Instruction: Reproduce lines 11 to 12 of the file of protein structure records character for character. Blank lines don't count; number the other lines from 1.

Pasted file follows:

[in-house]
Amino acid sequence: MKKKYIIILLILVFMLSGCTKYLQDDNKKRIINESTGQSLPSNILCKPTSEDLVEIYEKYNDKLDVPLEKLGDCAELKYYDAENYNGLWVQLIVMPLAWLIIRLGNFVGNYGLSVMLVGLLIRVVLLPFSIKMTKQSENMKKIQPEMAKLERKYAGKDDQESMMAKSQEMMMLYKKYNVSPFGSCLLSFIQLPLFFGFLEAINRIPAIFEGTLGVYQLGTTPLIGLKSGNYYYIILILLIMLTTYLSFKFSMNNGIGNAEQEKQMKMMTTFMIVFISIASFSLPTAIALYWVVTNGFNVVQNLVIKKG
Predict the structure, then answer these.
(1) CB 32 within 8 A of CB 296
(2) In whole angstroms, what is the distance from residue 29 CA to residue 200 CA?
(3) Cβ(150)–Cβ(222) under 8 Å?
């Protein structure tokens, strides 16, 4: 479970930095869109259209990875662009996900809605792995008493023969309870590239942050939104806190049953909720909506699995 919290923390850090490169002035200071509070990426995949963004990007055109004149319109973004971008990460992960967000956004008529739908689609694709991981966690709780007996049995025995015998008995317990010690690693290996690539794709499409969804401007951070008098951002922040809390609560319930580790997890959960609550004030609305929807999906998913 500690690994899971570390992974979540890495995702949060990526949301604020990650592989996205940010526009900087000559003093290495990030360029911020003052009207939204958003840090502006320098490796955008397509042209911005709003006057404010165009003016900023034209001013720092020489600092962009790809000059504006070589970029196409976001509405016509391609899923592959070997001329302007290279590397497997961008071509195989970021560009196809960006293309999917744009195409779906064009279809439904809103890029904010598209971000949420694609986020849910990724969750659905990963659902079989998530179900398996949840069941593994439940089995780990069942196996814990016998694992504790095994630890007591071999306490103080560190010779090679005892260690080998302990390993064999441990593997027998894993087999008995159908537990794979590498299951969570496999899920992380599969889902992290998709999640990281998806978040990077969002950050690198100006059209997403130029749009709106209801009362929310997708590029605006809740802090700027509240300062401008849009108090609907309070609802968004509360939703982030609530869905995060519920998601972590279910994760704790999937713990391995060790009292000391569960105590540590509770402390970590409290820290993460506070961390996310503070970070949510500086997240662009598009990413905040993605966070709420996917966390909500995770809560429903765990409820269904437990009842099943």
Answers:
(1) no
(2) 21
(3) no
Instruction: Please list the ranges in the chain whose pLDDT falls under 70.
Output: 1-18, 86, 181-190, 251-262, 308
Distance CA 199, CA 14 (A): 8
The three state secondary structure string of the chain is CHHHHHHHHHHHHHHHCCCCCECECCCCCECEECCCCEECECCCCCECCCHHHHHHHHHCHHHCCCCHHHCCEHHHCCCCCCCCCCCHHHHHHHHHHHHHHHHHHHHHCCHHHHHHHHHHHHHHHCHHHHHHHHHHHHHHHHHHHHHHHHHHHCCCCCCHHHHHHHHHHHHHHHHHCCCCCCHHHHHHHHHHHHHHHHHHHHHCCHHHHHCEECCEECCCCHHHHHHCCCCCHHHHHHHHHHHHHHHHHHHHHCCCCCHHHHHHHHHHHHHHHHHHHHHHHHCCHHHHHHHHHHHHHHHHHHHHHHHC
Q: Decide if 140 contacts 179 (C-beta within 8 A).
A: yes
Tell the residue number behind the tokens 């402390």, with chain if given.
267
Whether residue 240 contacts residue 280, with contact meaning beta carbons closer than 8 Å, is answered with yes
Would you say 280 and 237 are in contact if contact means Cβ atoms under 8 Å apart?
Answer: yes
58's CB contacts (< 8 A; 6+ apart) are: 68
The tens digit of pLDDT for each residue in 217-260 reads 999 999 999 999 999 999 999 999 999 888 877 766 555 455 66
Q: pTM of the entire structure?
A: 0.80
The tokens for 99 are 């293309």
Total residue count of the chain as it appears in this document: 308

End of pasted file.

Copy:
(3) no
Instruction: Please list the ranges in the chain whose pLDDT falls under 70.